Send the Pole a rendezvous address as quickly as possible, since we need delivery facilities. The address is: student Mikhail Leontievich Zakladny, Technological Institute, the same town, ask for Ivanov. The money for the publication in Russian of his Geschichte, etc., has been promised.
Another request: we are badly in need of ink; as to what kind, you can find out from Mögli, who has it. Could you send it somehow? Is there no opportunity? Please think it over or ask your “practical men” to do so. By the way, you asked us to approach them directly. In that case, tell us: 1) do they know our method and key? 2) do they know who these letters come from?
You are now being sent: 1) information about the expulsion of the Dukhobors; 2) an account about rural workers in the south; and 3) a description of the Thornton mills—for the time being, only the beginning, about a quarter, of this is being sent.
It is necessary to write with Chinese ink. Better still, add a small crystal of potassium dichromate (K_2Cr_2O_7): then it won’t wash off. Use the thinnest paper possible. All the best.
Regards to the comrade.
 The key is the same as the one we have been using.—Lenin
 The word “pal.” has not been deciphered.—Ed.
 The publication and its author have not been ascertained.—Ed.
 Axelrod, Pavel Borisovich (1850-1928)—in the seventies a Narodnik, later a Marxist. in 1883 took part in founding the Emancipation of Labour group. From 1900 a member of the editorial board of Iskra and Zarya. After the Second Congress of the R.S.D.L.P. (1903), a Menshevik leader.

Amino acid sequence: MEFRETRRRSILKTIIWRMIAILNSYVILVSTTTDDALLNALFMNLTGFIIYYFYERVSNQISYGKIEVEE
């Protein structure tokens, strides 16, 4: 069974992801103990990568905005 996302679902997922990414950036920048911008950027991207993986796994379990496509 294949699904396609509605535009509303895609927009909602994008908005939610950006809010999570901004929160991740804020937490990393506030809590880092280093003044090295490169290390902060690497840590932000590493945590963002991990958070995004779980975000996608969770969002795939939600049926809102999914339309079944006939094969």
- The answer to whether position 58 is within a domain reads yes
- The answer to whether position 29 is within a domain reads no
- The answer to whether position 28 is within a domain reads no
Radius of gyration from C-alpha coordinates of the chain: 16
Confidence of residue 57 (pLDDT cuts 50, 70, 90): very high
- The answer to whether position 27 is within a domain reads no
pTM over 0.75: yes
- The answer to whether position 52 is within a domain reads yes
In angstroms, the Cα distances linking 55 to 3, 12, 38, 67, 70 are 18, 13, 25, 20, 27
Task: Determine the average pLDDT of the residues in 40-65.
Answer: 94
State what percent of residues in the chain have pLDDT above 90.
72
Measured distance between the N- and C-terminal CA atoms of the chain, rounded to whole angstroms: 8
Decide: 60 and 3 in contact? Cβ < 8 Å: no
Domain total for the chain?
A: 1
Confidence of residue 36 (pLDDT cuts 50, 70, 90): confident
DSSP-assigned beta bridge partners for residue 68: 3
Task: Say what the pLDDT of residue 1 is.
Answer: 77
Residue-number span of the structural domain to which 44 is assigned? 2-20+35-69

During the period of reaction (1907-10) one of the leading liquidators. Adopted a hostile attitude towards the October Socialist Revolution. p. 20
 This footnote was given by Lenin in view of the fact that the names of towns were ciphered in the letter for purposes of secrecy. p. 20
 This refers to the preparations for publishing abroad a non-periodical Miscellany entitled Rabotnik. It was published in 1896-99 by the Union of Russian Social-Democrats Abroad and edited by the Emancipation of Labour group. The publication was sponsored by Lenin. In May 1895, during his stay in Switzerland, Lenin made arrangements for its publication with G. V. Plekhanov, P. B. Axelrod and other members of the Emancipation of Labour group. On his return to Russia in September 1895 Lenin developed extensive activities aimed at supplying articles from Russia for the Miscellany and organising financial support for the publication. During his trips to Vilna, Moscow and Orekhovo-Zuyevo Lenin made arrangements with the local Social-Democrats for assistance to be rendered this publication.
Altogether 6 issues of Rabotnik in three volumes and 10 issues of Listok Rabotnika were published. p. 20
 This refers to the arrests made among the Social-Democrats in Moscow and Moscow Gubernia. p. 20
 Vorwärts—a daily, central organ of the German Social-Democratic Party, published in Berlin from 1891. In the late nineties, after the death of Engels, the paper was controlled by the Party’s Right wing and systematically published articles of the opportunists. Vorwärts tendentiously reported the struggle against opportunism and revisionism within the R.S.D.L.P. and supported the Economists, and later, after the split in the Party, the Mensheviks. p. 21